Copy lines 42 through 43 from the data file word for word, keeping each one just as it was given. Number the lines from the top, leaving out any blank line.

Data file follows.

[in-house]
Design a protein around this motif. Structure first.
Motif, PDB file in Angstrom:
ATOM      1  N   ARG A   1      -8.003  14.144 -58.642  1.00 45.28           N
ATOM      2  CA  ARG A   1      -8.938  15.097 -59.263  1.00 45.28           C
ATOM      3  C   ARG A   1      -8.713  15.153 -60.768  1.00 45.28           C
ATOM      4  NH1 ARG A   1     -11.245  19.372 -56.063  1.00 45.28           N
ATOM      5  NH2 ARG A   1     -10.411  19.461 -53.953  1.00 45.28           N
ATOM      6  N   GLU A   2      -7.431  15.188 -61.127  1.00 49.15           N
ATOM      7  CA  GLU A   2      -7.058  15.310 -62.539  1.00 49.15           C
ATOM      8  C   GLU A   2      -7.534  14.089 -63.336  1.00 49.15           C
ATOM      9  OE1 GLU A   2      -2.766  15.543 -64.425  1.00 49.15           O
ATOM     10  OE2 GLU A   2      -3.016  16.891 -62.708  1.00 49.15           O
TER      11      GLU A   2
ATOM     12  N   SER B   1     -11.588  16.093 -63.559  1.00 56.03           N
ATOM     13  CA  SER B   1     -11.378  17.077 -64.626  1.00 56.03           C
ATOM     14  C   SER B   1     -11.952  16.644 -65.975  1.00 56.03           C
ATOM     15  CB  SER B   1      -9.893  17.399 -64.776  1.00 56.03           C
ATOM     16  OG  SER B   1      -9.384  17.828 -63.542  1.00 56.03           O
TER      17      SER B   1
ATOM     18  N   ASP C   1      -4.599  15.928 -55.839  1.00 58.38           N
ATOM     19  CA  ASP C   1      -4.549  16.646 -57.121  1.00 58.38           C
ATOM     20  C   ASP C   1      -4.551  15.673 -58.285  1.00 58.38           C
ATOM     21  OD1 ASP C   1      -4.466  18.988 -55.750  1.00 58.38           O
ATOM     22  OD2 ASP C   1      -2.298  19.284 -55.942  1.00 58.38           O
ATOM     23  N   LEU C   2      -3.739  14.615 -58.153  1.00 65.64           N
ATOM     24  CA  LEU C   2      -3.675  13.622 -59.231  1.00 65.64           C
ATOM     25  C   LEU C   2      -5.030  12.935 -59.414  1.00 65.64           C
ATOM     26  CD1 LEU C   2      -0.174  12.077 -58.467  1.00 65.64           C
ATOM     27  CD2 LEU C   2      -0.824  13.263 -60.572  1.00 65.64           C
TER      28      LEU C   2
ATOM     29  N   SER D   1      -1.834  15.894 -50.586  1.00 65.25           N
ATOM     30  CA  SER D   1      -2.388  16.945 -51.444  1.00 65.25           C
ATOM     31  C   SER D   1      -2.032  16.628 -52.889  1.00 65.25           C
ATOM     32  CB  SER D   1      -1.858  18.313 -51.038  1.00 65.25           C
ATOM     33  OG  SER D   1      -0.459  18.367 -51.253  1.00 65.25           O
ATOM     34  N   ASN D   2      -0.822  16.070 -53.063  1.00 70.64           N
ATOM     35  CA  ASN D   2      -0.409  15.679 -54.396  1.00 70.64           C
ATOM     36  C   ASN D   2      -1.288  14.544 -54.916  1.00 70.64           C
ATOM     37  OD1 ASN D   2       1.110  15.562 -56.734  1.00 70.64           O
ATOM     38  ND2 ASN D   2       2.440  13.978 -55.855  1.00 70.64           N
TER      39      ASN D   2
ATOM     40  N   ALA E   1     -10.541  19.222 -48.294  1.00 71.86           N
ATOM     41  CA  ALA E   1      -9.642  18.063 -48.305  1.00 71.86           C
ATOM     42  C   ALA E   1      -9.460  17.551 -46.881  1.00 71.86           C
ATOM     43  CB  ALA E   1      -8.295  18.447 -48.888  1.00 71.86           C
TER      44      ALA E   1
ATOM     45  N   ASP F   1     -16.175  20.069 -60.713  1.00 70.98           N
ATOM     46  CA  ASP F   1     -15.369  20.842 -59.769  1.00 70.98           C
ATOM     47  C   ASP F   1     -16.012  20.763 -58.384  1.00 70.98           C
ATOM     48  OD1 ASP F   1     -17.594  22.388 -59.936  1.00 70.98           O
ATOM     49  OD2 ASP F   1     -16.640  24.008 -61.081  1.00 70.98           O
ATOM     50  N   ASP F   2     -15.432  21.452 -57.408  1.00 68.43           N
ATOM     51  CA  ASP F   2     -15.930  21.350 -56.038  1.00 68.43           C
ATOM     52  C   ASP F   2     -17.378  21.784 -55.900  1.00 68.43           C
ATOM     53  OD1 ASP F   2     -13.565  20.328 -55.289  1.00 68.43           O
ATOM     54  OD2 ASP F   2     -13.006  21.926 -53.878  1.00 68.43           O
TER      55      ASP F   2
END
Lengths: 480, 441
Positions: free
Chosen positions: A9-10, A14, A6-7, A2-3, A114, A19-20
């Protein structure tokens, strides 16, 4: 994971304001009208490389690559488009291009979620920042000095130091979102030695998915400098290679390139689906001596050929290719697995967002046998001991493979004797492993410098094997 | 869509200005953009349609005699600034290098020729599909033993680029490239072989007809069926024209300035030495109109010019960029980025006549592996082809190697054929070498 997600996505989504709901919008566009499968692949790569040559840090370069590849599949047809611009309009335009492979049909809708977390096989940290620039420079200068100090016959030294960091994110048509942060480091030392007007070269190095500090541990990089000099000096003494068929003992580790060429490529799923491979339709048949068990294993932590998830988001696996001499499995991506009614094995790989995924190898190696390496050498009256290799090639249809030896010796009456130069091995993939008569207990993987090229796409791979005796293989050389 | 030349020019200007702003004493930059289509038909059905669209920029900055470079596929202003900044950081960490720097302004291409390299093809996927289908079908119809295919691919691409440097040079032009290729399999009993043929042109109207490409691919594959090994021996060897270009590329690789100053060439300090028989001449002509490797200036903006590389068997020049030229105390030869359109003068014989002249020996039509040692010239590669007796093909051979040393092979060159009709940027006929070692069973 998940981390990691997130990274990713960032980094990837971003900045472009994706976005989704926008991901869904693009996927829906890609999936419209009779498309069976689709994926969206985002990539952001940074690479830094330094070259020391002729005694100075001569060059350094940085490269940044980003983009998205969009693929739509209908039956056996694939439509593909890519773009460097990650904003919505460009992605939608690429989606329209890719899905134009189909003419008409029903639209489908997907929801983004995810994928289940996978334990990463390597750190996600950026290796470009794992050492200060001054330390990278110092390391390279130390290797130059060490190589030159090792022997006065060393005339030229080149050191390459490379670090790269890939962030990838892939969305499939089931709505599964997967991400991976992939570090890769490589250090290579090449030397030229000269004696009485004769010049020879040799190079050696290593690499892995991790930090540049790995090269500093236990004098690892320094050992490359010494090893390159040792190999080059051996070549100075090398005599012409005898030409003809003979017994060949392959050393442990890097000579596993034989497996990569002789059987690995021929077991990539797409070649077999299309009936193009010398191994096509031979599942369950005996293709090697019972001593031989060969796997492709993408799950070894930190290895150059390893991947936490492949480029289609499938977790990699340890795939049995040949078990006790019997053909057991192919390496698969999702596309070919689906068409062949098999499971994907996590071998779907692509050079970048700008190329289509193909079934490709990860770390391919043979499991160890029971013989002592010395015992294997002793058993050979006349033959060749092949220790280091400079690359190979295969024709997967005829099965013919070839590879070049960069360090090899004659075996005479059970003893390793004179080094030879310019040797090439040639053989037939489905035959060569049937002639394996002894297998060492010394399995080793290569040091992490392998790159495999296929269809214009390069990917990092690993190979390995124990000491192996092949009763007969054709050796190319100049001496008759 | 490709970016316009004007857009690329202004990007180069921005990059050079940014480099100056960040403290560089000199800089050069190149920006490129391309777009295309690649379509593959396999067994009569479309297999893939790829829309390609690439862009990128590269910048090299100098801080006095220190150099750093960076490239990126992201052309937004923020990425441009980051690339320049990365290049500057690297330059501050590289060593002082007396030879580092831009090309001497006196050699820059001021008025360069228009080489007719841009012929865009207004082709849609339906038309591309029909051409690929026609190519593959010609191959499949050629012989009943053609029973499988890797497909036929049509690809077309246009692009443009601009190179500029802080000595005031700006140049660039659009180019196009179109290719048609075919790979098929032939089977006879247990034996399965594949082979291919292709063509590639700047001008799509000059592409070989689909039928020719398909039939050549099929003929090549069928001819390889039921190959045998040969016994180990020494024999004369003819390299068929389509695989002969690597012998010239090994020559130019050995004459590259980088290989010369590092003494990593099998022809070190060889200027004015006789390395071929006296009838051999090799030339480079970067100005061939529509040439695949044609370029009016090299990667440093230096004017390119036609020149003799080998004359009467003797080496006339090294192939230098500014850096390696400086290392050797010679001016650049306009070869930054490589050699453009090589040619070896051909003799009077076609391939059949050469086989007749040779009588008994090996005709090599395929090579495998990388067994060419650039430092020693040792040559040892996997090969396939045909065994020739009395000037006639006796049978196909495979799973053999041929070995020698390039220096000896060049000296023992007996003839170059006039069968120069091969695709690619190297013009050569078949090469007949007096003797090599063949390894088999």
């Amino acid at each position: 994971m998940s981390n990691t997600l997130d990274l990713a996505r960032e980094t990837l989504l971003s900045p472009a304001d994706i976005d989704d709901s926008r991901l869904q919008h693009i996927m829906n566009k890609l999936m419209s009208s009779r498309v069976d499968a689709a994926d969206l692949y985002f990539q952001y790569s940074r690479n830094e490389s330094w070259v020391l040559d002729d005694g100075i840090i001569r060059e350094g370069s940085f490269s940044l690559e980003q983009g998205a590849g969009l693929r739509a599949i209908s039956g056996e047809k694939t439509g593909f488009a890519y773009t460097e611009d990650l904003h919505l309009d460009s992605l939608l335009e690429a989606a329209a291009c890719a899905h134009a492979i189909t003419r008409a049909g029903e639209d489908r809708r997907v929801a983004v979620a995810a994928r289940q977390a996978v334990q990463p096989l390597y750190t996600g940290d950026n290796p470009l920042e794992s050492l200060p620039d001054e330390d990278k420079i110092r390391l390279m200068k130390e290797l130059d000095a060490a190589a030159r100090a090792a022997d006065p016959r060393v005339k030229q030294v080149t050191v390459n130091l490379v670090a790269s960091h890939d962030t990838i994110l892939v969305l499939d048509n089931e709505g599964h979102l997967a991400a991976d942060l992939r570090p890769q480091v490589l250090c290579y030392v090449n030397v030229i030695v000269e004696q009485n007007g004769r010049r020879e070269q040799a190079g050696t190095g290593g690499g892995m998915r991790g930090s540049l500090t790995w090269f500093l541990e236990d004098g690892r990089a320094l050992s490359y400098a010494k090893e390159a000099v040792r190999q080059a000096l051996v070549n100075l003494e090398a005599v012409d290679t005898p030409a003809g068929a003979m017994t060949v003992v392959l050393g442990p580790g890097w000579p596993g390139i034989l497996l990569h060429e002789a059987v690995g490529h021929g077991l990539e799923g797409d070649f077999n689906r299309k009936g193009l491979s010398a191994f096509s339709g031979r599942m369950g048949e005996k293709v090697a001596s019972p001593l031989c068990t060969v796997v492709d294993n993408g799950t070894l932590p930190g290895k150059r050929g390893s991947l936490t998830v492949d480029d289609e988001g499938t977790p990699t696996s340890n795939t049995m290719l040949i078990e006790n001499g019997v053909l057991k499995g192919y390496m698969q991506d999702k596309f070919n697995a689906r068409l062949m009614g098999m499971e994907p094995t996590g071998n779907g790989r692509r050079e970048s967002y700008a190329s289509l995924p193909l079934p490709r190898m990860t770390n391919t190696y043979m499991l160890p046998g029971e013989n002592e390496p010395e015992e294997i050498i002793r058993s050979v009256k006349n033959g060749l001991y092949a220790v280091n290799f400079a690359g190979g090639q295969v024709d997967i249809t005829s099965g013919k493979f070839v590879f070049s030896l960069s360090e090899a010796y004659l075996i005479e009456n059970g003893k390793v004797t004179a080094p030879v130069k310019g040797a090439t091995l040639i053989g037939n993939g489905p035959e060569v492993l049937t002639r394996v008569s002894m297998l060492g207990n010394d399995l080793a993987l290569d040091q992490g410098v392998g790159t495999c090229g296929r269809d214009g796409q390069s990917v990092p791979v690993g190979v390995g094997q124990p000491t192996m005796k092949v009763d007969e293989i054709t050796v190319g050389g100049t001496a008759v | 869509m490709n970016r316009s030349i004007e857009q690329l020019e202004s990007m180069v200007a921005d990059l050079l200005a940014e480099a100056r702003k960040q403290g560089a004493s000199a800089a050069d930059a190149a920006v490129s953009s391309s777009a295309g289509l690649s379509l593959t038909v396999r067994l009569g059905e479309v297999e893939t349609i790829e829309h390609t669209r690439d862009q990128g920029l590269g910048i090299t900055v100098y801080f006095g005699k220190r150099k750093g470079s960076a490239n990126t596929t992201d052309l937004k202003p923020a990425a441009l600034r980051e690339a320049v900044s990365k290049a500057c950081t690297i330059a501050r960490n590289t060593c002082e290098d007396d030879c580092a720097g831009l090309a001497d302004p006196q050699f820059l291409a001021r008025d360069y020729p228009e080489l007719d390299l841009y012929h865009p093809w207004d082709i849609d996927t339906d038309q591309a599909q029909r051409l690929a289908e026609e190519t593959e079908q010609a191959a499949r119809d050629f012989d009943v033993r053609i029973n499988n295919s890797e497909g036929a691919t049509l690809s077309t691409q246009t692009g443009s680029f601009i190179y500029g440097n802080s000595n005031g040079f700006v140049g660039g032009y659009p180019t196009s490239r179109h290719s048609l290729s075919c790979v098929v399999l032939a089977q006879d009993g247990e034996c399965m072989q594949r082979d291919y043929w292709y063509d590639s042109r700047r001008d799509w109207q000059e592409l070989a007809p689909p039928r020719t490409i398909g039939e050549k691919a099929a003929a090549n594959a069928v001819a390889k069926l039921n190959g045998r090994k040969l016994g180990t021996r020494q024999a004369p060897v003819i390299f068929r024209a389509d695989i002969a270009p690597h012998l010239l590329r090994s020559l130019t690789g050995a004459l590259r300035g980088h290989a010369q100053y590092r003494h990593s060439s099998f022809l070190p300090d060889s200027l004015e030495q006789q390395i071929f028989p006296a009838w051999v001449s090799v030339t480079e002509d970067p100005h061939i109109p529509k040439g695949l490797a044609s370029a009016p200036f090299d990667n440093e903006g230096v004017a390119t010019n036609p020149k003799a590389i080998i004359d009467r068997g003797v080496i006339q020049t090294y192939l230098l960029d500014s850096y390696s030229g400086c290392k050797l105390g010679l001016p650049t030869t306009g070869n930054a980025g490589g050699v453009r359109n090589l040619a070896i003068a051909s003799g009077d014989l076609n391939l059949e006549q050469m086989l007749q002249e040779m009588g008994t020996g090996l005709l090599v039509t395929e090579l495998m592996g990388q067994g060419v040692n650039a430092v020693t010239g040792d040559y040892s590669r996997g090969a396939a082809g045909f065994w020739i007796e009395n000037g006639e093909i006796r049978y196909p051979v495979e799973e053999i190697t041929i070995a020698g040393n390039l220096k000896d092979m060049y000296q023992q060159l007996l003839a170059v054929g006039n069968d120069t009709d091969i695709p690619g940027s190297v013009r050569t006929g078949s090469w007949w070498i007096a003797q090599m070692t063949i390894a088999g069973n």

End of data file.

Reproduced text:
TER      39      ASN D   2
ATOM     40  N   ALA E   1     -10.541  19.222 -48.294  1.00 71.86           N